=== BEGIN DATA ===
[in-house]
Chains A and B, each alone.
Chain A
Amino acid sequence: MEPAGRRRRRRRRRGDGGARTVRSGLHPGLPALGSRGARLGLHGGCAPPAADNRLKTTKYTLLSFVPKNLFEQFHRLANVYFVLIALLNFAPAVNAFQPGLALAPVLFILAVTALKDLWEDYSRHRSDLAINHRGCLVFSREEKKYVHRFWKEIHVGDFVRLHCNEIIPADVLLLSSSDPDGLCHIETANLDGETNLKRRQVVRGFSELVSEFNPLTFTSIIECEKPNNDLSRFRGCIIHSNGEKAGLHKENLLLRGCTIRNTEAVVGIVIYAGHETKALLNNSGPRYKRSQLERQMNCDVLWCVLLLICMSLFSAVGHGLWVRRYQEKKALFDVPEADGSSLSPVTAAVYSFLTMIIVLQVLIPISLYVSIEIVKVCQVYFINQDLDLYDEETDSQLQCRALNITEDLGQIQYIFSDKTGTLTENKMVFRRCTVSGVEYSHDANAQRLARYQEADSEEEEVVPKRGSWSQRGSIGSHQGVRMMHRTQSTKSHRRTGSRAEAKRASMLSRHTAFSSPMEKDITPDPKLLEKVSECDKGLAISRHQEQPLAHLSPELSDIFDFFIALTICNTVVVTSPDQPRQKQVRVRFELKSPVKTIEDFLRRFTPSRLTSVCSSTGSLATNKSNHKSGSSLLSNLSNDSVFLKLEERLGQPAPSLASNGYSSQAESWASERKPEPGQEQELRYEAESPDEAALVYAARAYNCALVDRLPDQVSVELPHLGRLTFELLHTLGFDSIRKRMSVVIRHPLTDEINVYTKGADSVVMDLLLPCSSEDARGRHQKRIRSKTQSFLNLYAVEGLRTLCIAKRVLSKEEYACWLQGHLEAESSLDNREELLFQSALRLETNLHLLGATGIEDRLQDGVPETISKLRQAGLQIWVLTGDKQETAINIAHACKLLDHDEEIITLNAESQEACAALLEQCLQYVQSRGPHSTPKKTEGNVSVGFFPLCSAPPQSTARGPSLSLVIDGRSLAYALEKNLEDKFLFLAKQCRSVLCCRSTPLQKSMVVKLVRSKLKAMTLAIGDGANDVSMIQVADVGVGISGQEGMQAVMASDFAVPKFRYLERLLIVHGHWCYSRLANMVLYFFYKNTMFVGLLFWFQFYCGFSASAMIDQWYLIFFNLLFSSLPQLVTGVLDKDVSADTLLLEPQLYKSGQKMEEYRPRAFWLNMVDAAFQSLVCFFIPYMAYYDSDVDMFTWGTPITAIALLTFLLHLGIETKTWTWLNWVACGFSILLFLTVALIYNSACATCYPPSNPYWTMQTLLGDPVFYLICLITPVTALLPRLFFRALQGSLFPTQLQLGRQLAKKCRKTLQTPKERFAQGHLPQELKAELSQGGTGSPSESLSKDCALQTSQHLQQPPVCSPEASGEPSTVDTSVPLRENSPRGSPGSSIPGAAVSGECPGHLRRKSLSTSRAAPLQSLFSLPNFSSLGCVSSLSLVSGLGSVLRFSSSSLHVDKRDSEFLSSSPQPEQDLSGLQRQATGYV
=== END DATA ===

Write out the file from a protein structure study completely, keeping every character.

[in-house]
Chains A and B, each alone.
Chain A
Amino acid sequence: MEPAGRRRRRRRRRGDGGARTVRSGLHPGLPALGSRGARLGLHGGCAPPAADNRLKTTKYTLLSFVPKNLFEQFHRLANVYFVLIALLNFAPAVNAFQPGLALAPVLFILAVTALKDLWEDYSRHRSDLAINHRGCLVFSREEKKYVHRFWKEIHVGDFVRLHCNEIIPADVLLLSSSDPDGLCHIETANLDGETNLKRRQVVRGFSELVSEFNPLTFTSIIECEKPNNDLSRFRGCIIHSNGEKAGLHKENLLLRGCTIRNTEAVVGIVIYAGHETKALLNNSGPRYKRSQLERQMNCDVLWCVLLLICMSLFSAVGHGLWVRRYQEKKALFDVPEADGSSLSPVTAAVYSFLTMIIVLQVLIPISLYVSIEIVKVCQVYFINQDLDLYDEETDSQLQCRALNITEDLGQIQYIFSDKTGTLTENKMVFRRCTVSGVEYSHDANAQRLARYQEADSEEEEVVPKRGSWSQRGSIGSHQGVRMMHRTQSTKSHRRTGSRAEAKRASMLSRHTAFSSPMEKDITPDPKLLEKVSECDKGLAISRHQEQPLAHLSPELSDIFDFFIALTICNTVVVTSPDQPRQKQVRVRFELKSPVKTIEDFLRRFTPSRLTSVCSSTGSLATNKSNHKSGSSLLSNLSNDSVFLKLEERLGQPAPSLASNGYSSQAESWASERKPEPGQEQELRYEAESPDEAALVYAARAYNCALVDRLPDQVSVELPHLGRLTFELLHTLGFDSIRKRMSVVIRHPLTDEINVYTKGADSVVMDLLLPCSSEDARGRHQKRIRSKTQSFLNLYAVEGLRTLCIAKRVLSKEEYACWLQGHLEAESSLDNREELLFQSALRLETNLHLLGATGIEDRLQDGVPETISKLRQAGLQIWVLTGDKQETAINIAHACKLLDHDEEIITLNAESQEACAALLEQCLQYVQSRGPHSTPKKTEGNVSVGFFPLCSAPPQSTARGPSLSLVIDGRSLAYALEKNLEDKFLFLAKQCRSVLCCRSTPLQKSMVVKLVRSKLKAMTLAIGDGANDVSMIQVADVGVGISGQEGMQAVMASDFAVPKFRYLERLLIVHGHWCYSRLANMVLYFFYKNTMFVGLLFWFQFYCGFSASAMIDQWYLIFFNLLFSSLPQLVTGVLDKDVSADTLLLEPQLYKSGQKMEEYRPRAFWLNMVDAAFQSLVCFFIPYMAYYDSDVDMFTWGTPITAIALLTFLLHLGIETKTWTWLNWVACGFSILLFLTVALIYNSACATCYPPSNPYWTMQTLLGDPVFYLICLITPVTALLPRLFFRALQGSLFPTQLQLGRQLAKKCRKTLQTPKERFAQGHLPQELKAELSQGGTGSPSESLSKDCALQTSQHLQQPPVCSPEASGEPSTVDTSVPLRENSPRGSPGSSIPGAAVSGECPGHLRRKSLSTSRAAPLQSLFSLPNFSSLGCVSSLSLVSGLGSVLRFSSSSLHVDKRDSEFLSSSPQPEQDLSGLQRQATGYV